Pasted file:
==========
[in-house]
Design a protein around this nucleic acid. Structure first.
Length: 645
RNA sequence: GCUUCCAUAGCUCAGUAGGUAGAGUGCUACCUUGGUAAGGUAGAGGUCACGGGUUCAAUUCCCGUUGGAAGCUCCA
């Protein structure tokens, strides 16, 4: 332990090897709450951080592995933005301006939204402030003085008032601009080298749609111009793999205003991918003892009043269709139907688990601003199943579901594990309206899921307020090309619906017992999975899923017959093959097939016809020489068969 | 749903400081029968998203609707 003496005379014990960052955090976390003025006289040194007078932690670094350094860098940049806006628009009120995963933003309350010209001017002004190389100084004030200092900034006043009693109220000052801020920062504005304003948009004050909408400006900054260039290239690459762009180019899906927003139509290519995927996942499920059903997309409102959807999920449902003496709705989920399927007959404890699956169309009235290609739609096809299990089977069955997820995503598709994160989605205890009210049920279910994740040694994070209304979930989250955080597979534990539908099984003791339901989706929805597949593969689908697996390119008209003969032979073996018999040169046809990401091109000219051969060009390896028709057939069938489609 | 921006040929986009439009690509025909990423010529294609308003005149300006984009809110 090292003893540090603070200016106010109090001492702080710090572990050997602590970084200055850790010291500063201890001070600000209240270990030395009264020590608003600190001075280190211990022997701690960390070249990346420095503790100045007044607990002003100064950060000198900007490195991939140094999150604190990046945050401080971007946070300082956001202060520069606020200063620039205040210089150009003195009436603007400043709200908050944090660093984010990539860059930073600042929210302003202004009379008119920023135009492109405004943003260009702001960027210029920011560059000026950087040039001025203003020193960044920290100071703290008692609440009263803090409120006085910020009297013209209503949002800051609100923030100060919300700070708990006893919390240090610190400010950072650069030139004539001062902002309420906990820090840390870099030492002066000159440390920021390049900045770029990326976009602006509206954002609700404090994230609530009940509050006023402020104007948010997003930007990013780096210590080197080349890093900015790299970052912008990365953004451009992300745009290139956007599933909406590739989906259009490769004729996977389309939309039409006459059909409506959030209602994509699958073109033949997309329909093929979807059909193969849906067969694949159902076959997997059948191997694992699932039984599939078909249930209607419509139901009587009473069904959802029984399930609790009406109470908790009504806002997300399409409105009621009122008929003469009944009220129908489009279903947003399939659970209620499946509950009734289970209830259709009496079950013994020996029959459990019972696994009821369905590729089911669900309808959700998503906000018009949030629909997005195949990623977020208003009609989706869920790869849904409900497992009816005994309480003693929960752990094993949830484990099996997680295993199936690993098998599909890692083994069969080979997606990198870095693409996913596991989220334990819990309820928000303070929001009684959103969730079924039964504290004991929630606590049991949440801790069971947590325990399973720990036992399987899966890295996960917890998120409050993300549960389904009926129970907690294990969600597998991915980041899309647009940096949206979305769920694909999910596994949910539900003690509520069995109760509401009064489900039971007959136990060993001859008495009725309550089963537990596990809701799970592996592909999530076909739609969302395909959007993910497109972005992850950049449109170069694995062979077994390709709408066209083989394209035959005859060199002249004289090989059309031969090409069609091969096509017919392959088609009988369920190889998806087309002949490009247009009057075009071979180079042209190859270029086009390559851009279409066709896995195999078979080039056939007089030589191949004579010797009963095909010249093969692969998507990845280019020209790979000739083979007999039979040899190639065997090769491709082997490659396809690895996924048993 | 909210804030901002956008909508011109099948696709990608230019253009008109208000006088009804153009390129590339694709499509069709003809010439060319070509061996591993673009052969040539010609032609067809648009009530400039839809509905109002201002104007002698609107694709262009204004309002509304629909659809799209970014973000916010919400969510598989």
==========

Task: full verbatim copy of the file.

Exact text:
[in-house]
Design a protein around this nucleic acid. Structure first.
Length: 645
RNA sequence: GCUUCCAUAGCUCAGUAGGUAGAGUGCUACCUUGGUAAGGUAGAGGUCACGGGUUCAAUUCCCGUUGGAAGCUCCA
């Protein structure tokens, strides 16, 4: 332990090897709450951080592995933005301006939204402030003085008032601009080298749609111009793999205003991918003892009043269709139907688990601003199943579901594990309206899921307020090309619906017992999975899923017959093959097939016809020489068969 | 749903400081029968998203609707 003496005379014990960052955090976390003025006289040194007078932690670094350094860098940049806006628009009120995963933003309350010209001017002004190389100084004030200092900034006043009693109220000052801020920062504005304003948009004050909408400006900054260039290239690459762009180019899906927003139509290519995927996942499920059903997309409102959807999920449902003496709705989920399927007959404890699956169309009235290609739609096809299990089977069955997820995503598709994160989605205890009210049920279910994740040694994070209304979930989250955080597979534990539908099984003791339901989706929805597949593969689908697996390119008209003969032979073996018999040169046809990401091109000219051969060009390896028709057939069938489609 | 921006040929986009439009690509025909990423010529294609308003005149300006984009809110 090292003893540090603070200016106010109090001492702080710090572990050997602590970084200055850790010291500063201890001070600000209240270990030395009264020590608003600190001075280190211990022997701690960390070249990346420095503790100045007044607990002003100064950060000198900007490195991939140094999150604190990046945050401080971007946070300082956001202060520069606020200063620039205040210089150009003195009436603007400043709200908050944090660093984010990539860059930073600042929210302003202004009379008119920023135009492109405004943003260009702001960027210029920011560059000026950087040039001025203003020193960044920290100071703290008692609440009263803090409120006085910020009297013209209503949002800051609100923030100060919300700070708990006893919390240090610190400010950072650069030139004539001062902002309420906990820090840390870099030492002066000159440390920021390049900045770029990326976009602006509206954002609700404090994230609530009940509050006023402020104007948010997003930007990013780096210590080197080349890093900015790299970052912008990365953004451009992300745009290139956007599933909406590739989906259009490769004729996977389309939309039409006459059909409506959030209602994509699958073109033949997309329909093929979807059909193969849906067969694949159902076959997997059948191997694992699932039984599939078909249930209607419509139901009587009473069904959802029984399930609790009406109470908790009504806002997300399409409105009621009122008929003469009944009220129908489009279903947003399939659970209620499946509950009734289970209830259709009496079950013994020996029959459990019972696994009821369905590729089911669900309808959700998503906000018009949030629909997005195949990623977020208003009609989706869920790869849904409900497992009816005994309480003693929960752990094993949830484990099996997680295993199936690993098998599909890692083994069969080979997606990198870095693409996913596991989220334990819990309820928000303070929001009684959103969730079924039964504290004991929630606590049991949440801790069971947590325990399973720990036992399987899966890295996960917890998120409050993300549960389904009926129970907690294990969600597998991915980041899309647009940096949206979305769920694909999910596994949910539900003690509520069995109760509401009064489900039971007959136990060993001859008495009725309550089963537990596990809701799970592996592909999530076909739609969302395909959007993910497109972005992850950049449109170069694995062979077994390709709408066209083989394209035959005859060199002249004289090989059309031969090409069609091969096509017919392959088609009988369920190889998806087309002949490009247009009057075009071979180079042209190859270029086009390559851009279409066709896995195999078979080039056939007089030589191949004579010797009963095909010249093969692969998507990845280019020209790979000739083979007999039979040899190639065997090769491709082997490659396809690895996924048993 | 909210804030901002956008909508011109099948696709990608230019253009008109208000006088009804153009390129590339694709499509069709003809010439060319070509061996591993673009052969040539010609032609067809648009009530400039839809509905109002201002104007002698609107694709262009204004309002509304629909659809799209970014973000916010919400969510598989």